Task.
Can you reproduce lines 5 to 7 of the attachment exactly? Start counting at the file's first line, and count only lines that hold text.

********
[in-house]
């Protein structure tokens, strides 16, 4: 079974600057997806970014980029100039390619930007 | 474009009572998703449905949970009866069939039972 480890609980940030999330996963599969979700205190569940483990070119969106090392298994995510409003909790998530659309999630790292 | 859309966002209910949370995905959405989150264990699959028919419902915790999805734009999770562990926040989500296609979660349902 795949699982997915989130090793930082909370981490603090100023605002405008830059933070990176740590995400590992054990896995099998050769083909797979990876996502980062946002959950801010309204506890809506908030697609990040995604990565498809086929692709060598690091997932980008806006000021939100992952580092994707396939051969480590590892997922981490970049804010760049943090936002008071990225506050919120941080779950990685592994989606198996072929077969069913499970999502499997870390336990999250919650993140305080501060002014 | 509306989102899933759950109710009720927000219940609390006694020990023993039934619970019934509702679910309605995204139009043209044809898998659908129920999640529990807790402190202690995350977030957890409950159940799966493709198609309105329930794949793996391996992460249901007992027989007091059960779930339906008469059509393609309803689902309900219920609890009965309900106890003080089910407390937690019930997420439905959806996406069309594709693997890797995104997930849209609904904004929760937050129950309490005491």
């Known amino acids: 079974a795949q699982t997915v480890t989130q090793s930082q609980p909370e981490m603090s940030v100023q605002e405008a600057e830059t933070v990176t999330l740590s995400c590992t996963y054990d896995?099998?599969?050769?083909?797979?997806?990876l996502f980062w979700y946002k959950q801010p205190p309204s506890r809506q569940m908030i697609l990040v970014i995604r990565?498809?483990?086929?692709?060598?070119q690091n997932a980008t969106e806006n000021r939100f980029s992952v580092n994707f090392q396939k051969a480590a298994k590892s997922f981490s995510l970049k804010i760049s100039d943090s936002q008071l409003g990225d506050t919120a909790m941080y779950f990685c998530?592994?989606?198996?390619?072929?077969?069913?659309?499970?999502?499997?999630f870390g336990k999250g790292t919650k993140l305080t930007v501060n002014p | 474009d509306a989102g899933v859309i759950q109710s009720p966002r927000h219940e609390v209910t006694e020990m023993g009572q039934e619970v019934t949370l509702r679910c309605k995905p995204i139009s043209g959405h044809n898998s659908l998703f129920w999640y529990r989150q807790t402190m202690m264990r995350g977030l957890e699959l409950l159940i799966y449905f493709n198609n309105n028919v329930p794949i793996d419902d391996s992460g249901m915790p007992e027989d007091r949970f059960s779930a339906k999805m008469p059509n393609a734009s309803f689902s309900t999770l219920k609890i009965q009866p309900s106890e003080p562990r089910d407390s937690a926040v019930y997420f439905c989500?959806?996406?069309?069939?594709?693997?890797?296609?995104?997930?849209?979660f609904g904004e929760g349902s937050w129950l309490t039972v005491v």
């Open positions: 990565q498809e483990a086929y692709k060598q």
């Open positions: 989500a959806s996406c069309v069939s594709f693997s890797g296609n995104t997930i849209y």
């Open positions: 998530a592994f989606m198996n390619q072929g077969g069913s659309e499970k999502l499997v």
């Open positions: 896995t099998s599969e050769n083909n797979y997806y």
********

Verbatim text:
């Open positions: 989500a959806s996406c069309v069939s594709f693997s890797g296609n995104t997930i849209y």
């Open positions: 998530a592994f989606m198996n390619q072929g077969g069913s659309e499970k999502l499997v």
């Open positions: 896995t099998s599969e050769n083909n797979y997806y």